Lampanelli: Welcome to my world. I mean I’ve been doing this 25 years. So I’ve heard it all. And I’m really politically correct when I’m off-stage – not in an obsessive way like these weirdos are who you can’t say, “Hey that black girl over there.” They’re opposed to … “Hey, the girl with the black hair.” And you’re like, “Which one?” And they won’t say black, like they don’t see color. You know what I mean? “Hey, the Asian girl,” “Oh the lawyer over there.” You know to not even be able to describe someone is ridiculous, like off-stage. But off-stage I’m really sensitive to if somebody uses a racial slur or a gay slur. I’m really sensitive and on it. But on-stage I’ve been doing it for so many years that … it’s my show. If they don’t like it they don’t have to come. It’s my Twitter. If they don’t like it they don’t have to read. So I’m really like … don’t even argue about politically correct things because I know that I’m going to do what I’m doing. I’m 53 years old. Am I really going to change for any of these douche bags? Is like somebody typing in their mother’s basement behind a computer telling me I shouldn’t say something on stage really going to change how I do my career? No. But I’m pretty sensitive to political correctness in my real life.
(SBC): How do you get away with it today?
Lampanelli: I have a warm personality. People know I hit everybody, so I’m just kidding. If I was hitting just one group I think that’s hard to defend.
(SBC): So you’re an equal opportunity offender.
Lampanelli: Right. I don’t go around [flagging off] Asians; I go around flagging off everybody. And it’s pretty obvious. I always make the jokes so ridiculous and broad that no one would believe them. So instead of … I mean that’s how Rickles did it all these years. The jokes are so broad and so obviously untrue that people know it is a joke. I think it’s the level of not being prejudiced and your warm personality, so people let you get away with it.
(SBC): What is hands-off – like something that no comedian should ever do? Are there rules in the comedy world?
Lampanelli: No, I think now people get crap for talking about Caitlyn Jenner, but that will end soon, and we’ll be able to make fun of her again. But there’s no subject off limits. I mean there are comics who can do a great bit about September 11th if they’re skilled and really smart about it. So no, there’s never a subject. I’ve joked about rape, AIDS, pedophilia – every kind of horror that there is. And there’s never any repercussions because I … and even if there are I don’t care. So yeah, nothing’s off limits. The only thing I won’t make fun of is if I can’t make it funny. If there’s a subject I can’t make work then I don’t tell it. The audience didn’t pay to come hear me do something unfunny. They want me to be funny.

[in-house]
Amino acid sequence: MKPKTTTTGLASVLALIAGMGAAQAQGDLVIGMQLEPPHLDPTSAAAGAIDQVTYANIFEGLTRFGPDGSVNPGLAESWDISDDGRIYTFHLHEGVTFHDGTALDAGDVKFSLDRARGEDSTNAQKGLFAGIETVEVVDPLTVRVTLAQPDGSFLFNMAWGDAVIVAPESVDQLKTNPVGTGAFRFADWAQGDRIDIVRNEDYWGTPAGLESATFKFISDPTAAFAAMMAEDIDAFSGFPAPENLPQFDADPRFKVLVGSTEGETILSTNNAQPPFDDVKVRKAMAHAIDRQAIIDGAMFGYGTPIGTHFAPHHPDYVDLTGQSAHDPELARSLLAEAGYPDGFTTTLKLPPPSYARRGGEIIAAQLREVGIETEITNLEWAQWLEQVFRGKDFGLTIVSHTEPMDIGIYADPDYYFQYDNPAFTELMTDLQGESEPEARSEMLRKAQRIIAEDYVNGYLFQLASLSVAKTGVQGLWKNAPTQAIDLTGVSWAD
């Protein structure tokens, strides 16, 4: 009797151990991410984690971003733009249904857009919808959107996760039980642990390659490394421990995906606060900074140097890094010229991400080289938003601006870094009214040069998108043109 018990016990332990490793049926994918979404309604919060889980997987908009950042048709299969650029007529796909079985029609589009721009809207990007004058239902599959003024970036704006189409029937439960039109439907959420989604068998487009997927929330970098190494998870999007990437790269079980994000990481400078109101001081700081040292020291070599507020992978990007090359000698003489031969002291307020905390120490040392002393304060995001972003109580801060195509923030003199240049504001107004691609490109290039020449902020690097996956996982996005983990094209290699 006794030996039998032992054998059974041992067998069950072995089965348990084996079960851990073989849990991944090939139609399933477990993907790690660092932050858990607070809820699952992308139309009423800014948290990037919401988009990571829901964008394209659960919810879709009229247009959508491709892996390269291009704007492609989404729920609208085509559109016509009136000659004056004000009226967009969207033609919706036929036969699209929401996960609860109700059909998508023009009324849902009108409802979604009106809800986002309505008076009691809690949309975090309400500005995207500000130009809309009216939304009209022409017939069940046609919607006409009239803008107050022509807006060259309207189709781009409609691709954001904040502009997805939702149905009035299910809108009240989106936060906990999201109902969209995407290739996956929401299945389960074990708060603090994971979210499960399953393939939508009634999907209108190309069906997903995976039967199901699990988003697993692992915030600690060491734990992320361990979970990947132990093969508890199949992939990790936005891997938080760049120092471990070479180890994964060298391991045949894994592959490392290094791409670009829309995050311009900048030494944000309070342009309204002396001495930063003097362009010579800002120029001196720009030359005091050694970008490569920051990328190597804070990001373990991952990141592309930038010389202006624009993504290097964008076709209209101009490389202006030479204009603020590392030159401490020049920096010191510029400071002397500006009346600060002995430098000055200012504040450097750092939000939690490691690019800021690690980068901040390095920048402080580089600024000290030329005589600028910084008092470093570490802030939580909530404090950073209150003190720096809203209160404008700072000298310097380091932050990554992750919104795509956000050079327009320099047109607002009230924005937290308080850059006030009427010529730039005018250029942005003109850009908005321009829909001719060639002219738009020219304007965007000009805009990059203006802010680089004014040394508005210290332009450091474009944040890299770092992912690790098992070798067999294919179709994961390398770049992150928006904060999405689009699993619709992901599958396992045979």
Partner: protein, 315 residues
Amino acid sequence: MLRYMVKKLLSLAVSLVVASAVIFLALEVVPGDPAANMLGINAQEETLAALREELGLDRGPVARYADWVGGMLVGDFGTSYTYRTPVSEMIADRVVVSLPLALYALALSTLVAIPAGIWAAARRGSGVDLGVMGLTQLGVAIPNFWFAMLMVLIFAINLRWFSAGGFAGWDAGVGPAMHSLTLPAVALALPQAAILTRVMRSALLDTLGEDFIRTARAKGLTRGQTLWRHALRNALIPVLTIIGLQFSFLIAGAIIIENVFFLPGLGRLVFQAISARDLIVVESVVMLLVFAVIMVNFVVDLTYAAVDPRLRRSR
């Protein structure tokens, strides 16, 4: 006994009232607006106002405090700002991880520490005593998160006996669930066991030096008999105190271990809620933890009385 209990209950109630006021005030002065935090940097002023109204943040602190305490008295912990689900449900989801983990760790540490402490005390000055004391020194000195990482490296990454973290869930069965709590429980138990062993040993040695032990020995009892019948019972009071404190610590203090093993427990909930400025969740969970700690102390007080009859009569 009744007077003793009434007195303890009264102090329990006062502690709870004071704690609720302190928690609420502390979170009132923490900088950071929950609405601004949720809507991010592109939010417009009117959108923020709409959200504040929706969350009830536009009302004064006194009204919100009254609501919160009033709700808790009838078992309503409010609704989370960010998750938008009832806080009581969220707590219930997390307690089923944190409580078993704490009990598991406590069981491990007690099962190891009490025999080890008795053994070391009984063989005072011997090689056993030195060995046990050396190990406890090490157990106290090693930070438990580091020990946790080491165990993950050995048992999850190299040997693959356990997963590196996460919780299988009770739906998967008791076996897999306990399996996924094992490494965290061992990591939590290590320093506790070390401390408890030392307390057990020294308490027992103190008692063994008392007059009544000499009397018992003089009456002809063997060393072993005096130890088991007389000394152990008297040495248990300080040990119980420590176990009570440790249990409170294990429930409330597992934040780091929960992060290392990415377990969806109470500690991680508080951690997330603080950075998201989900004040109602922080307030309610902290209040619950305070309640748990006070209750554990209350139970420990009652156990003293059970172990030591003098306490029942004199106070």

(SBC): Speaking of sexually charged cases, Bill Cosby is also a comedian who’s going through a pretty rough time in the media. But he also still manages to go out and perform and do shows.
Lampanelli: Those 10 people in the audience are really enjoying it.
(SBC): Well, do you think Cosby can save his career? You talk openly about all the problems you’ve had and it’s worked for you. Can’t Cosby make fun of his issues just like you are doing and come off on top?
Lampanelli: I think there’s a big difference between doing humor the way I do it and having to make fun of the fact that you legitimately hurt dozens of people. Could Hitler have made a bit comeback as a standup comic? I’d rather see that. That’d be hilarious. But I think honestly – he’s going to be so hated for this for so long he’ll probably be dead before anyone forgives him because he’s sanctimonious even now. He’s so smug and so full of himself and always was. And I always hated him. I always hated his comedy. He’s sanctimonious and self-righteous, and there’s something about him I don’t like. And a lot of it’s coming out now. And I could never stand him. And unless he was to do a full-on 20 years of therapy – and I don’t think he has 20 years left to live – I don’t see a comeback coming. If people are that stupid that they forgive a rapist for that many rapes … I mean maybe if you had one date-rape in college, and you’re 70 and talk about it, and that’s after you’ve worked on yourself for 50 years – maybe we’ll embrace you. But if people embrace a rapist like that you just know they hate women, and they’re anti … what’s the word? They’re misogynistic. So let’s not forget that too quick.
(SBC): So you don’t think he deserves a second chance like another fallen hero in Brian Williams?
Lampanelli: He had a second chance. He had a second chance after the first rape to go, “Oh my God. Here’s a million dollars to the girl I raped. Hush, hush, keep quiet. I’m so sorry. Let me get therapy for 50 years.” So I think he deserves a lot worse than what he’s going to get. I mean he deserves it. Well he’ll go someplace where he deserves what he gets. He will have to come back into this life next time as a rape victim for me to be happy about it.
(SBC): You’re going to be in the Borgata at Atlantic City, Monterey, California in September. What can we expect from a Lisa Lampanelli performance? Why should we go pay our money?
Lampanelli: I’m going to do a few jokes from the special [Back to the Drawing Board]. I have so much more new material now since the special was taped. You know, when you tape the special you have to rehearse it for about six months. I’m so bored with the material that I have stuff that people haven’t seen yet on TV even in the special. So yeah, I’m doing a ton more material – sort of all my codependent horrible boyfriends from the past, a lot of my gigs that were horrible, a lot of people I hurt through comedy. So I think it’s great because it’s even more stuff than they got that’s original from the special. So I’m really excited.